Smoking costs Leeds economy £200m a year

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A NEW drive to help smokers stub out the habit in 2015 has been launched by health bosses in Leeds.

Research shows that smoking costs the Leeds economy an estimated £201.4m per year, including £45m from early deaths, £88m in smoking breaks, £17m in loss of productivity due to smoking related sick days, £27.4m in NHS costs and £5.1m in smoking related fires. A family with two people smoking 20 cigarettes per day costs the household £5,000 per year.

Despite numbers of smokers dropping drastically in recent years, almost one in four people in the city still smoke - four per cent above the national average.

Smokers contribute about £163.2m per year in duty on tobacco products, but tobacco still costs Leeds more than the duty raised, resulting in a £38m shortfall each year.

Now, public health workers are linking with colleagues in the NHS to help people quit tobacco in the New Year, as national campaigns and local opportunities come together to put a stop to one of the biggest killers in the city.

Councillor Lisa Mulherin, chair of the Leeds Health and Wellbeing Board, said: “Tobacco has a cost to the economy, health and quality of life of people in Leeds. It is responsible for half of the health inequalities in the UK and is responsible for more deaths than the next six causes combined.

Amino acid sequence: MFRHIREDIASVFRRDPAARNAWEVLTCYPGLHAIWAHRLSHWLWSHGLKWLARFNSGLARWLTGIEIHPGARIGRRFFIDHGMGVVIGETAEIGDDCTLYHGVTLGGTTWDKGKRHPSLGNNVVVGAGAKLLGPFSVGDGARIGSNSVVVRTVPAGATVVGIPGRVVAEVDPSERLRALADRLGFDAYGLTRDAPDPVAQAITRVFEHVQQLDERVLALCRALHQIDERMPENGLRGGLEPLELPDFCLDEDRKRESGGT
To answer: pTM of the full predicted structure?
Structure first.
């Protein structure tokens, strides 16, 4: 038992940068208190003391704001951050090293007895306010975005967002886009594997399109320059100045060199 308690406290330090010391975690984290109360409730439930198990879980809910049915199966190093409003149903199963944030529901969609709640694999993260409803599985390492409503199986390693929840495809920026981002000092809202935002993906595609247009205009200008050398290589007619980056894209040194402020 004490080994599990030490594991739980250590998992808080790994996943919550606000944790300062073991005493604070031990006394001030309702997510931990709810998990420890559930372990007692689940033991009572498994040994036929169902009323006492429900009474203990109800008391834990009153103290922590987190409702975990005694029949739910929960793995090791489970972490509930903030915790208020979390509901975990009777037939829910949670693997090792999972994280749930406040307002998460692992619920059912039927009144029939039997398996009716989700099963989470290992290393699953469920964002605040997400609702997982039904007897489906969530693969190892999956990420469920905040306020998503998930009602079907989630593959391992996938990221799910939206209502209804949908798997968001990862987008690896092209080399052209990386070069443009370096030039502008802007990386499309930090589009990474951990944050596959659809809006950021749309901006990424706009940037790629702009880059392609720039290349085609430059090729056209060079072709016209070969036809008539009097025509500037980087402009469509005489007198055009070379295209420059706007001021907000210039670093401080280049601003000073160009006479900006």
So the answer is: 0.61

“I am particularly concerned that it hits the most deprived areas of the city worst, and that is why I was delighted when the Health and Wellbeing Board was able to endorse the Local Government Declaration on Tobacco Control recently.”

Dr Ian Cameron, Leeds City Council’s Director of Public Health, said: “We have made good progress in recent decades and years.

“Smoking rates in the city have almost halved since I was born.

“But we have a 23 per cent smoking rate, four per cent worse than the national average, and if we can help some of Leeds’ smokers to knock the habit on the head this January, then we will not only save them thousands of pounds smoking costs, we can save them from an unpleasant death.”

Tobacco control expert Paul Lambert, said: “If quit rates doubled and new smokers halved, then we could achieve a 10 per cent prevalence of smoking in adults of by 2020.

“Evidence tells us the ban on smoking in enclosed public places led to a reduction in young people starting to smoke over the past few years.

“The New Year is a great time to quit, so get in touch and take the help that is there. There’s plenty of support if you want to give up, and the details are on the website.”